Working in Finland

Working in Finland

Be warned, the Finns take business very, very seriously! They have been traveling and trading for centuries. Even Henry VIII (the English king with six wives in the early 1500s) was buying tar from the Finns to make his new fleet, and Finland still has a profitable and successful shipbuilding industry.

Anyone naïve enough to think that they have struck a win-win deal with a Finn will sooner or later realize that the Finn has really got the better end of the deal. This happens not because a Finn is trying to get the better of you, but because they are very shrewd. They have had to live by their wits for generations. Finns can be formidable and they achieve whatever it is they set out to do.

Because they are modest, they make you out to be cleverer than they are, bestowing on you attributes that they lack—but be warned! You are about to lose the spotlight. Finns are perfectionists and managers are highly-qualified technicians or engineers. They have state-of-the-art working environments and training centers with the most up-to-date technology. They have sports facilities, saunas, creative thinking spaces, subsidized canteens and anything else to enhance productivity.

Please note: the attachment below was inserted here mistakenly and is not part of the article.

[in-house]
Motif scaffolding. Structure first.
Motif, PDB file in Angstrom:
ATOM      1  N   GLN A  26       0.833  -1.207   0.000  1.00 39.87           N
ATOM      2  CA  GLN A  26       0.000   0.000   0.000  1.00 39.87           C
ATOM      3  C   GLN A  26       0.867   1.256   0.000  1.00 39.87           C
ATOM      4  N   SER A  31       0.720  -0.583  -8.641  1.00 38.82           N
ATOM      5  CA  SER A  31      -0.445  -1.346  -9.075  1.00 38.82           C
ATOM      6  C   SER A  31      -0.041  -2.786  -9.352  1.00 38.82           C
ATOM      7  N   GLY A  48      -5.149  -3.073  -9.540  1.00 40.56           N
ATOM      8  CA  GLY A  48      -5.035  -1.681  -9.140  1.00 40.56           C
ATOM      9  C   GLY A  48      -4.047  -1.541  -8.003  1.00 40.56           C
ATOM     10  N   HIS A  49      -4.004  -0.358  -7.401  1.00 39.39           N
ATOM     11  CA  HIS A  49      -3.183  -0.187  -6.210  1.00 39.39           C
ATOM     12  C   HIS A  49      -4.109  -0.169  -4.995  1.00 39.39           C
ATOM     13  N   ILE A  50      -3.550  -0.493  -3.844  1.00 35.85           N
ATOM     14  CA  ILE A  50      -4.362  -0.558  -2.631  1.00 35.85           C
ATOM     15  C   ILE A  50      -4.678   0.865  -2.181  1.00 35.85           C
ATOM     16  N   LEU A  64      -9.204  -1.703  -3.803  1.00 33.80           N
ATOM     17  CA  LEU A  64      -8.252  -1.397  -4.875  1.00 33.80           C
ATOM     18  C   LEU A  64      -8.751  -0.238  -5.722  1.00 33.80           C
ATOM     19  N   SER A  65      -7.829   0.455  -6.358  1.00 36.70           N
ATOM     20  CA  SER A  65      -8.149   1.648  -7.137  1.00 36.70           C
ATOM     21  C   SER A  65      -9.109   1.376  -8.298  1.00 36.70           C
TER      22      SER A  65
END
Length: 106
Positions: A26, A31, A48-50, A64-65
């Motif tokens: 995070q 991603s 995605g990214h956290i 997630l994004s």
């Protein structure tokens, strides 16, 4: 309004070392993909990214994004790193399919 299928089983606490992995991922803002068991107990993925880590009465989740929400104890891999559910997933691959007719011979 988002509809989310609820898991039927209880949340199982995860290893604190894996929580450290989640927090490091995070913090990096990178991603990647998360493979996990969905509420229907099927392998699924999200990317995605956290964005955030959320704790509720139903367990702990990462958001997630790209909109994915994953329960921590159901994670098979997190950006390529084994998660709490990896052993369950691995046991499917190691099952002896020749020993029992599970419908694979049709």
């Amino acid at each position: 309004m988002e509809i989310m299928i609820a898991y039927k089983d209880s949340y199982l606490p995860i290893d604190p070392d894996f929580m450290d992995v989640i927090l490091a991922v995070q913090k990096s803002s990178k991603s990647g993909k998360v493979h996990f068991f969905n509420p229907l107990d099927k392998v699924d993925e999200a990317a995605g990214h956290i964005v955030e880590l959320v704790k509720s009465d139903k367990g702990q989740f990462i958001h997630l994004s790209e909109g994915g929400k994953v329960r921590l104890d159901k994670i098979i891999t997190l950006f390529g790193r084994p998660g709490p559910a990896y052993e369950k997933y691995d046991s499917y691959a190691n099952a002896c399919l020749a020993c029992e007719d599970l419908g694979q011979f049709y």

This fact really should not be ignored when considering the forces that shape the future of global economics. In 1998, I wrote, ‘the Finns have all the attributes to become phenomenally successful in a global, commercial future». And now they are placed top or within the top ten countries of the world in so many leagues. Their limited resources, both natural and financial, and their distance from large consumer markets meant that Finland has had to find a different way to compete in the commercial world.

When Europe and the USA were competing in a mass production market of consumer goods, Finland recognized it could not hope to compete and concentrated on high-value, upmarket selling. They sell quality, not quantity. They sell applied knowledge, and it’s good, very good. So what are these attributes that make them phenomenally successful?

  • Meticulous attention to the quality of their goods
  • Obsessive about cleanliness, hygiene, and purity
  • An obsession with high technology and anything modern
  • Respect for nature and its forces at a spiritual level
  • Hard-working and full of stamina
  • Conscientious and reliable
  • Straightforward, steady and using common sense
  • Skilled workmanship „ Respectful of good education and its appliance
  • Safety for all
  • Deep-rooted entrepreneurial and trading skills
  • In-built honesty and ethical behavior
  • Hatred of debt
  • Innovation and «out-of-the-box» thinking
  • Impressive language skills „ Quick decision makers
  • Flexibility in meeting customer demands
  • Respect for all whatever their position in life
  • Tolerant of others
  • Create, adapt and improve—everything!
  • Pioneering spirit of trying to build up their country, such as existed in the USA in the 1800s